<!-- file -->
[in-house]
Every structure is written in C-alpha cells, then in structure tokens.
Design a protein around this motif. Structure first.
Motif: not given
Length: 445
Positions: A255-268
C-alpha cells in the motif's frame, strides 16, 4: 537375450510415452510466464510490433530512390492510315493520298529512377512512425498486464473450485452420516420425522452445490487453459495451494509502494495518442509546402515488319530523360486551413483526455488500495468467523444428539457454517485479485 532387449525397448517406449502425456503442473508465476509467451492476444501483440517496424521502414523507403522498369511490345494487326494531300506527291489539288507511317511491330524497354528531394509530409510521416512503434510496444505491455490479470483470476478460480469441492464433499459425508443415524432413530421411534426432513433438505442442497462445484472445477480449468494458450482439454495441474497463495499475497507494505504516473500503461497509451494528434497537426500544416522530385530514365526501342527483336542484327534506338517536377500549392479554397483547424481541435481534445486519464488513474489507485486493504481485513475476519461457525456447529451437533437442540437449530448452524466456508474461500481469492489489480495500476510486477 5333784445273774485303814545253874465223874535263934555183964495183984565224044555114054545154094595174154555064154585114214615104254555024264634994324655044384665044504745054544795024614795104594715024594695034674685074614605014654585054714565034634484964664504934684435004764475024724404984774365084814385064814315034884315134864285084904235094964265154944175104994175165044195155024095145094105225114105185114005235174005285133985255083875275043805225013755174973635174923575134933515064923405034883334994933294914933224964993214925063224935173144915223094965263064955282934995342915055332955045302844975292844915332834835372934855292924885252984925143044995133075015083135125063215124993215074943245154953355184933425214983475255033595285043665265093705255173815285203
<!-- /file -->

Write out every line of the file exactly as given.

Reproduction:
[in-house]
Every structure is written in C-alpha cells, then in structure tokens.
Design a protein around this motif. Structure first.
Motif: not given
Length: 445
Positions: A255-268
C-alpha cells in the motif's frame, strides 16, 4: 537375450510415452510466464510490433530512390492510315493520298529512377512512425498486464473450485452420516420425522452445490487453459495451494509502494495518442509546402515488319530523360486551413483526455488500495468467523444428539457454517485479485 532387449525397448517406449502425456503442473508465476509467451492476444501483440517496424521502414523507403522498369511490345494487326494531300506527291489539288507511317511491330524497354528531394509530409510521416512503434510496444505491455490479470483470476478460480469441492464433499459425508443415524432413530421411534426432513433438505442442497462445484472445477480449468494458450482439454495441474497463495499475497507494505504516473500503461497509451494528434497537426500544416522530385530514365526501342527483336542484327534506338517536377500549392479554397483547424481541435481534445486519464488513474489507485486493504481485513475476519461457525456447529451437533437442540437449530448452524466456508474461500481469492489489480495500476510486477 5333784445273774485303814545253874465223874535263934555183964495183984565224044555114054545154094595174154555064154585114214615104254555024264634994324655044384665044504745054544795024614795104594715024594695034674685074614605014654585054714565034634484964664504934684435004764475024724404984774365084814385064814315034884315134864285084904235094964265154944175104994175165044195155024095145094105225114105185114005235174005285133985255083875275043805225013755174973635174923575134933515064923405034883334994933294914933224964993214925063224935173144915223094965263064955282934995342915055332955045302844975292844915332834835372934855292924885252984925143044995133075015083135125063215124993215074943245154953355184933425214983475255033595285043665265093705255173815285203